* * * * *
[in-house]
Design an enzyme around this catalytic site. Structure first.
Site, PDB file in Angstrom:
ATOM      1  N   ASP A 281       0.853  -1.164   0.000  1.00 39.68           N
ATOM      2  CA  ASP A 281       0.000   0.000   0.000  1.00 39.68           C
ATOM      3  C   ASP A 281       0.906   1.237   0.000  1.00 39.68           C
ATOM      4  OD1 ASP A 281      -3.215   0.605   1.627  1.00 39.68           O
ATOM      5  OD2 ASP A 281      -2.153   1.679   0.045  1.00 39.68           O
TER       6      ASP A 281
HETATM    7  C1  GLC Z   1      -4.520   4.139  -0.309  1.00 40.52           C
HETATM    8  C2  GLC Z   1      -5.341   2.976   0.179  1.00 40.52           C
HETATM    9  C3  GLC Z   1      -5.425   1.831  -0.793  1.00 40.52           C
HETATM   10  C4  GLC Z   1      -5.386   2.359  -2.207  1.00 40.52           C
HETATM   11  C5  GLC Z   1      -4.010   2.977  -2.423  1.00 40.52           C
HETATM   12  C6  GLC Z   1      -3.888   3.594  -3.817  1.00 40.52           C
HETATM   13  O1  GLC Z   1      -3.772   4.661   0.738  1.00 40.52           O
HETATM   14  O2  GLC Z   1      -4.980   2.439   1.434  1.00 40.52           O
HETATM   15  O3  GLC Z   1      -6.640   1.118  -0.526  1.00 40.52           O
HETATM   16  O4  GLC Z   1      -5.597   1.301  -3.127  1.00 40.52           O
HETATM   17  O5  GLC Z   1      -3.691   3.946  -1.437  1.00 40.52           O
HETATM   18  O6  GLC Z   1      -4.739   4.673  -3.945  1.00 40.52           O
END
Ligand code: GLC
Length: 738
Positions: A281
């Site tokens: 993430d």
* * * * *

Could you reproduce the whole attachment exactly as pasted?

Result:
[in-house]
Design an enzyme around this catalytic site. Structure first.
Site, PDB file in Angstrom:
ATOM      1  N   ASP A 281       0.853  -1.164   0.000  1.00 39.68           N
ATOM      2  CA  ASP A 281       0.000   0.000   0.000  1.00 39.68           C
ATOM      3  C   ASP A 281       0.906   1.237   0.000  1.00 39.68           C
ATOM      4  OD1 ASP A 281      -3.215   0.605   1.627  1.00 39.68           O
ATOM      5  OD2 ASP A 281      -2.153   1.679   0.045  1.00 39.68           O
TER       6      ASP A 281
HETATM    7  C1  GLC Z   1      -4.520   4.139  -0.309  1.00 40.52           C
HETATM    8  C2  GLC Z   1      -5.341   2.976   0.179  1.00 40.52           C
HETATM    9  C3  GLC Z   1      -5.425   1.831  -0.793  1.00 40.52           C
HETATM   10  C4  GLC Z   1      -5.386   2.359  -2.207  1.00 40.52           C
HETATM   11  C5  GLC Z   1      -4.010   2.977  -2.423  1.00 40.52           C
HETATM   12  C6  GLC Z   1      -3.888   3.594  -3.817  1.00 40.52           C
HETATM   13  O1  GLC Z   1      -3.772   4.661   0.738  1.00 40.52           O
HETATM   14  O2  GLC Z   1      -4.980   2.439   1.434  1.00 40.52           O
HETATM   15  O3  GLC Z   1      -6.640   1.118  -0.526  1.00 40.52           O
HETATM   16  O4  GLC Z   1      -5.597   1.301  -3.127  1.00 40.52           O
HETATM   17  O5  GLC Z   1      -3.691   3.946  -1.437  1.00 40.52           O
HETATM   18  O6  GLC Z   1      -4.739   4.673  -3.945  1.00 40.52           O
END
Ligand code: GLC
Length: 738
Positions: A281
């Site tokens: 993430d």